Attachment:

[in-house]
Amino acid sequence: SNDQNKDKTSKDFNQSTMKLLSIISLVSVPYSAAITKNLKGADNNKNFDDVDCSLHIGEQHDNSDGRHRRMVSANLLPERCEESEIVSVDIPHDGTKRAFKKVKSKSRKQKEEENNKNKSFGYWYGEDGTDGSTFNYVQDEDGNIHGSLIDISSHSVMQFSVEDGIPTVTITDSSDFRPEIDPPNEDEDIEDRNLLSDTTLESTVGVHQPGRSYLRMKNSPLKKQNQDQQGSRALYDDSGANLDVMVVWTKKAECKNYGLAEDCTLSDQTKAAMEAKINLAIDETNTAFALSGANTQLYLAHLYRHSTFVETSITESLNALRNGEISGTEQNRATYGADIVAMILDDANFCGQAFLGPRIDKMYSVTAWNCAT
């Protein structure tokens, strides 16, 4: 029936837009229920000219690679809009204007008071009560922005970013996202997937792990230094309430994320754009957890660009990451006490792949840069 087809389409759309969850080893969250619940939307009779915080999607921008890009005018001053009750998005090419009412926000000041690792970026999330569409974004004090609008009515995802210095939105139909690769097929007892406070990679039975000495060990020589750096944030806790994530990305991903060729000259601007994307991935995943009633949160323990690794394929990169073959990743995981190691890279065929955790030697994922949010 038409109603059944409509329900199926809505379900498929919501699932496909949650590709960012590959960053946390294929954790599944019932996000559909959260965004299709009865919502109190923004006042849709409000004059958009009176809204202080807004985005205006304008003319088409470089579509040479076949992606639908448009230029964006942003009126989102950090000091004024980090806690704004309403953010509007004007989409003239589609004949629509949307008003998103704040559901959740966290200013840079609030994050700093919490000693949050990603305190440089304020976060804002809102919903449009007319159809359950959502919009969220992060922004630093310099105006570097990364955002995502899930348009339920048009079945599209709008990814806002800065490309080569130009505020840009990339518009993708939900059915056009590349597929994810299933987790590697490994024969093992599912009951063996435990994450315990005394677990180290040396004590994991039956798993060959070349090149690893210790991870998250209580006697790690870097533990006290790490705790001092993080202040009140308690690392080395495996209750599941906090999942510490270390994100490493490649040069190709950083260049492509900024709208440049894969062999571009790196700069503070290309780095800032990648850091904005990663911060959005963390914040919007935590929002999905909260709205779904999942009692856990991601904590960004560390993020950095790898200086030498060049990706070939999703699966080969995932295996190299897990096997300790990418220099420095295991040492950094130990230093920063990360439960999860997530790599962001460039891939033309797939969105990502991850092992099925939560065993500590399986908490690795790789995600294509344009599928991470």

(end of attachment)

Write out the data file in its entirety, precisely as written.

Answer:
[in-house]
Amino acid sequence: SNDQNKDKTSKDFNQSTMKLLSIISLVSVPYSAAITKNLKGADNNKNFDDVDCSLHIGEQHDNSDGRHRRMVSANLLPERCEESEIVSVDIPHDGTKRAFKKVKSKSRKQKEEENNKNKSFGYWYGEDGTDGSTFNYVQDEDGNIHGSLIDISSHSVMQFSVEDGIPTVTITDSSDFRPEIDPPNEDEDIEDRNLLSDTTLESTVGVHQPGRSYLRMKNSPLKKQNQDQQGSRALYDDSGANLDVMVVWTKKAECKNYGLAEDCTLSDQTKAAMEAKINLAIDETNTAFALSGANTQLYLAHLYRHSTFVETSITESLNALRNGEISGTEQNRATYGADIVAMILDDANFCGQAFLGPRIDKMYSVTAWNCAT
């Protein structure tokens, strides 16, 4: 029936837009229920000219690679809009204007008071009560922005970013996202997937792990230094309430994320754009957890660009990451006490792949840069 087809389409759309969850080893969250619940939307009779915080999607921008890009005018001053009750998005090419009412926000000041690792970026999330569409974004004090609008009515995802210095939105139909690769097929007892406070990679039975000495060990020589750096944030806790994530990305991903060729000259601007994307991935995943009633949160323990690794394929990169073959990743995981190691890279065929955790030697994922949010 038409109603059944409509329900199926809505379900498929919501699932496909949650590709960012590959960053946390294929954790599944019932996000559909959260965004299709009865919502109190923004006042849709409000004059958009009176809204202080807004985005205006304008003319088409470089579509040479076949992606639908448009230029964006942003009126989102950090000091004024980090806690704004309403953010509007004007989409003239589609004949629509949307008003998103704040559901959740966290200013840079609030994050700093919490000693949050990603305190440089304020976060804002809102919903449009007319159809359950959502919009969220992060922004630093310099105006570097990364955002995502899930348009339920048009079945599209709008990814806002800065490309080569130009505020840009990339518009993708939900059915056009590349597929994810299933987790590697490994024969093992599912009951063996435990994450315990005394677990180290040396004590994991039956798993060959070349090149690893210790991870998250209580006697790690870097533990006290790490705790001092993080202040009140308690690392080395495996209750599941906090999942510490270390994100490493490649040069190709950083260049492509900024709208440049894969062999571009790196700069503070290309780095800032990648850091904005990663911060959005963390914040919007935590929002999905909260709205779904999942009692856990991601904590960004560390993020950095790898200086030498060049990706070939999703699966080969995932295996190299897990096997300790990418220099420095295991040492950094130990230093920063990360439960999860997530790599962001460039891939033309797939969105990502991850092992099925939560065993500590399986908490690795790789995600294509344009599928991470």